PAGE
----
The Anthropology and Environment Society, a section of the American Anthropological Association—the world’s largest scholarly and professional organization of anthropologists—recently inaugurated the Bonnie J. McCay Junior Scholar Award in recognition of McCay’s significant contributions to environmental anthropology, human ecology, marine affairs and theories of governance.
McCay, professor emerita of human ecology at Rutgers, was a founding member of the Anthropology and Environment Society and served as its first president. The award, valued at $250, supports early-career scholars who have obtained a doctoral degree within the previous five years. It is intended to encourage talented junior scholars to continue working in the domain of anthropology and environment by recognizing their exemplary scholarship.
A former Board of Governors Distinguished Service Professor and graduate certificate director in the Department of Human Ecology, McCay retired in 2015 following a distinguished academic career that spanned more than 40 years at Rutgers. She has mentored scores of environmental anthropologists in her many policy and academic roles. Her work has made foundational contributions to the understanding of marine environments and fisheries as “commons,” as well as establishing models for interdisciplinary approaches to studying and managing environmental change.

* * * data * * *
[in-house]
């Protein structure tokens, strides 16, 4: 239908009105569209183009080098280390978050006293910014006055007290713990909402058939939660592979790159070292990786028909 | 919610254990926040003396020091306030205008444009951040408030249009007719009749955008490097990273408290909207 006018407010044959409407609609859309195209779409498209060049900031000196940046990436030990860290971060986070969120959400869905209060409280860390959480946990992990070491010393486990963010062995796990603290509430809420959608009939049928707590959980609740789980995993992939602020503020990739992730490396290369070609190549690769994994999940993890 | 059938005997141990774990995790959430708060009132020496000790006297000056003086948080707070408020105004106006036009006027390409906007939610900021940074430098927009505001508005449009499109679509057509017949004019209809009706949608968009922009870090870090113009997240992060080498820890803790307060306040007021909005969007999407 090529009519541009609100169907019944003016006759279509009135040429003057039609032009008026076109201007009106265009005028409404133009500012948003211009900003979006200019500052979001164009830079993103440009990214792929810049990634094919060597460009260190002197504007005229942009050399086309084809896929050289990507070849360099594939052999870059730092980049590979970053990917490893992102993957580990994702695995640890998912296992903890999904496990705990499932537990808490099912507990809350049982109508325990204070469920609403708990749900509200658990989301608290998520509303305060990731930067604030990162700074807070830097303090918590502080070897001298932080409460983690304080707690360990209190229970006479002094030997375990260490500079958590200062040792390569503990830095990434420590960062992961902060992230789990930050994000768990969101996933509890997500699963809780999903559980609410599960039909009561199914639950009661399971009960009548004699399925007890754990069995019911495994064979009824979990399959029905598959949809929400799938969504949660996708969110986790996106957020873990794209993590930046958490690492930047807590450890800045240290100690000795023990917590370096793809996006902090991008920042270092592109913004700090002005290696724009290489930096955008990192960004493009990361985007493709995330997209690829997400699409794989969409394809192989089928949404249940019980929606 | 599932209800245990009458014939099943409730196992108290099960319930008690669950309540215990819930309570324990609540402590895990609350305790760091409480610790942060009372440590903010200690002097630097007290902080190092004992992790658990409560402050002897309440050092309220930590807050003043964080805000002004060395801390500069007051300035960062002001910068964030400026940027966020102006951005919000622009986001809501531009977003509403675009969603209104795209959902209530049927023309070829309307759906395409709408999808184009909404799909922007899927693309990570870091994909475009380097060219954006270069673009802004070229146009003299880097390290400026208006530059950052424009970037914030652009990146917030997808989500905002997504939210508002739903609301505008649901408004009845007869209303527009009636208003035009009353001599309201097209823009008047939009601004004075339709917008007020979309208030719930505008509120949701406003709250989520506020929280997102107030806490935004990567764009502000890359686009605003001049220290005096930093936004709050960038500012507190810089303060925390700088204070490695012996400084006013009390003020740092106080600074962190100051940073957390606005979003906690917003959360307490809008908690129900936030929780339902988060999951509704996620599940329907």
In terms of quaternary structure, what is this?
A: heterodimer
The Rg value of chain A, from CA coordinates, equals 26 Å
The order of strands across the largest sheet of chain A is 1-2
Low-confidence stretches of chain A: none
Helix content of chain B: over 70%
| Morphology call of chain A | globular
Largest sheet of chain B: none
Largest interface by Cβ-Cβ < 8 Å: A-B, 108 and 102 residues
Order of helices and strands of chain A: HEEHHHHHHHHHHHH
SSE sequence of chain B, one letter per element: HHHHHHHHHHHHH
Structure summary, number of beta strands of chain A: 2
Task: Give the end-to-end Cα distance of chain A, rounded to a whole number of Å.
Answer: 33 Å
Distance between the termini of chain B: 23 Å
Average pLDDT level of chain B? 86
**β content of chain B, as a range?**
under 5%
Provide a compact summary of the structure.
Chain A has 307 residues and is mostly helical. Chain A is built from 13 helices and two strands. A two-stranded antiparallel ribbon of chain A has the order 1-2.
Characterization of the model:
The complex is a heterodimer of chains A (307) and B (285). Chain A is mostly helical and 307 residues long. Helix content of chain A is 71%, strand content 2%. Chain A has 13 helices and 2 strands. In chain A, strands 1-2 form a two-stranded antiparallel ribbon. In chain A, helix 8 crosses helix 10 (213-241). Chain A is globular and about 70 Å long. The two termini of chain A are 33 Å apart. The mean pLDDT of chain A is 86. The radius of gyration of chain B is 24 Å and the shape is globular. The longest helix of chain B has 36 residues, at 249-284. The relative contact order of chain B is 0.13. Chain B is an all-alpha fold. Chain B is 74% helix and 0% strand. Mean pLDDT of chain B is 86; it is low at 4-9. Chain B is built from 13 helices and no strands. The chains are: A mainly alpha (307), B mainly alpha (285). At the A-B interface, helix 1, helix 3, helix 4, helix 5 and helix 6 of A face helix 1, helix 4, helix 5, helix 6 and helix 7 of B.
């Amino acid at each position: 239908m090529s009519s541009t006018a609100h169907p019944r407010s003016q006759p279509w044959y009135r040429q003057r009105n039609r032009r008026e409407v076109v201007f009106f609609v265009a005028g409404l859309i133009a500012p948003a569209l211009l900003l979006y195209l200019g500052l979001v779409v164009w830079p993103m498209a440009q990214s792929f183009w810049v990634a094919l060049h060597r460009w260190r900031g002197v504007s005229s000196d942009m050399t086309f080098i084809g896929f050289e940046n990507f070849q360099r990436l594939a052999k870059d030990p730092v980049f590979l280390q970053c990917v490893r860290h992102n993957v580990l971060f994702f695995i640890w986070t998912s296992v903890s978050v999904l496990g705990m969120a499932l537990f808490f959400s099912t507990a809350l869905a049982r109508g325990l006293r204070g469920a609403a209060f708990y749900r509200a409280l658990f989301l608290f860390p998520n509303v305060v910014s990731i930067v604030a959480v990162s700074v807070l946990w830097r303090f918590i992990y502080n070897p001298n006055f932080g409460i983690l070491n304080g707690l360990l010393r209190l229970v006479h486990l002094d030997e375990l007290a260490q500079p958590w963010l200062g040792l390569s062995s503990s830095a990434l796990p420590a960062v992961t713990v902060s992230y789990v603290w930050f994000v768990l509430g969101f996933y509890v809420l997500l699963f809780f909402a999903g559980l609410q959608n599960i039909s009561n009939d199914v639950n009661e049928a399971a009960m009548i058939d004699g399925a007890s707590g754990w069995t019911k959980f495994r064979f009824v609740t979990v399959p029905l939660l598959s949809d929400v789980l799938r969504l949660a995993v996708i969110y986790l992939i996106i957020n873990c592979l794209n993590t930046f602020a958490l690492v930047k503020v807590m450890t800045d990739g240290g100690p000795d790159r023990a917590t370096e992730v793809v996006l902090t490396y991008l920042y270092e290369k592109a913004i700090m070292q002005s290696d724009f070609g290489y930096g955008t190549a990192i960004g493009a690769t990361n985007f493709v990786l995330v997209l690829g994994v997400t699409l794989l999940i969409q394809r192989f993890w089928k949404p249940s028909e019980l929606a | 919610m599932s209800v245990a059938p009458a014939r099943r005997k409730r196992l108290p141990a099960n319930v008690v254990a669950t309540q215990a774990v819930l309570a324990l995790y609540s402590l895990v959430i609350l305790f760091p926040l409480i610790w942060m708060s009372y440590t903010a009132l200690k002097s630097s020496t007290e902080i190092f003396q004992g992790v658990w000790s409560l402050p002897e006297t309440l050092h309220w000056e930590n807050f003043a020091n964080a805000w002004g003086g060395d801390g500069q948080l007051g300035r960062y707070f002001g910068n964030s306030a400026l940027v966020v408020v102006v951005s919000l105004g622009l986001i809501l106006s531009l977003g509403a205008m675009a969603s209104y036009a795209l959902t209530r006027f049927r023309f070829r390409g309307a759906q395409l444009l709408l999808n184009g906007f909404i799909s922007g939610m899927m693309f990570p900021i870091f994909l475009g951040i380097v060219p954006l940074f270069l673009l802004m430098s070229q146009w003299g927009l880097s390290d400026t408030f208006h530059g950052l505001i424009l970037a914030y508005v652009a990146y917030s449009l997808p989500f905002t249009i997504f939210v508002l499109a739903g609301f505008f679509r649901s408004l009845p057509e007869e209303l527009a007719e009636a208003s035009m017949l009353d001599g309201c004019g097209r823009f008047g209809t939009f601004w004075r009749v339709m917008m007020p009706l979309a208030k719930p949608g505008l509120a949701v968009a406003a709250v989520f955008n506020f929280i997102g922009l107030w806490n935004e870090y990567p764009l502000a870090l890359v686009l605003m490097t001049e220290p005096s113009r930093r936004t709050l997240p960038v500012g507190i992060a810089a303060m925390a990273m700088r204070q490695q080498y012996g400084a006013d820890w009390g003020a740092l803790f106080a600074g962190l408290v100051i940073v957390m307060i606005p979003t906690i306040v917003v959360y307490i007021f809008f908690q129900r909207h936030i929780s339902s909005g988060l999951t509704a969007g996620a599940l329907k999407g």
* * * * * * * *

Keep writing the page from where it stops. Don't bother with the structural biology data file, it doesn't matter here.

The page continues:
She conducted extensive fieldwork in Newfoundland and Nova Scotia, Canada; the Middle Atlantic region of the U.S.; and Baja California, Mexico, with funding support by the National Science Foundation, the Sea Grant College Program and the National Park Service. McCay authored the following books, The Question of the Commons, Oyster Wars and the Public Trust and Enclosing the Commons, and published more than 150 articles in scientific journals.
McCay is a fellow of the prestigious American Association for the Advancement of Science. In 2012, she was elected a member of the U.S. National Academy of Sciences and, in 2013, was the first woman to the selected by the American Fisheries Society for its Award of Excellence. In addition, she is the recipient of the 2015 Ostrom award—named for Nobel-Prize winning political scientist, Elinor Ostrom—given by the International Association for the Study of the Commons.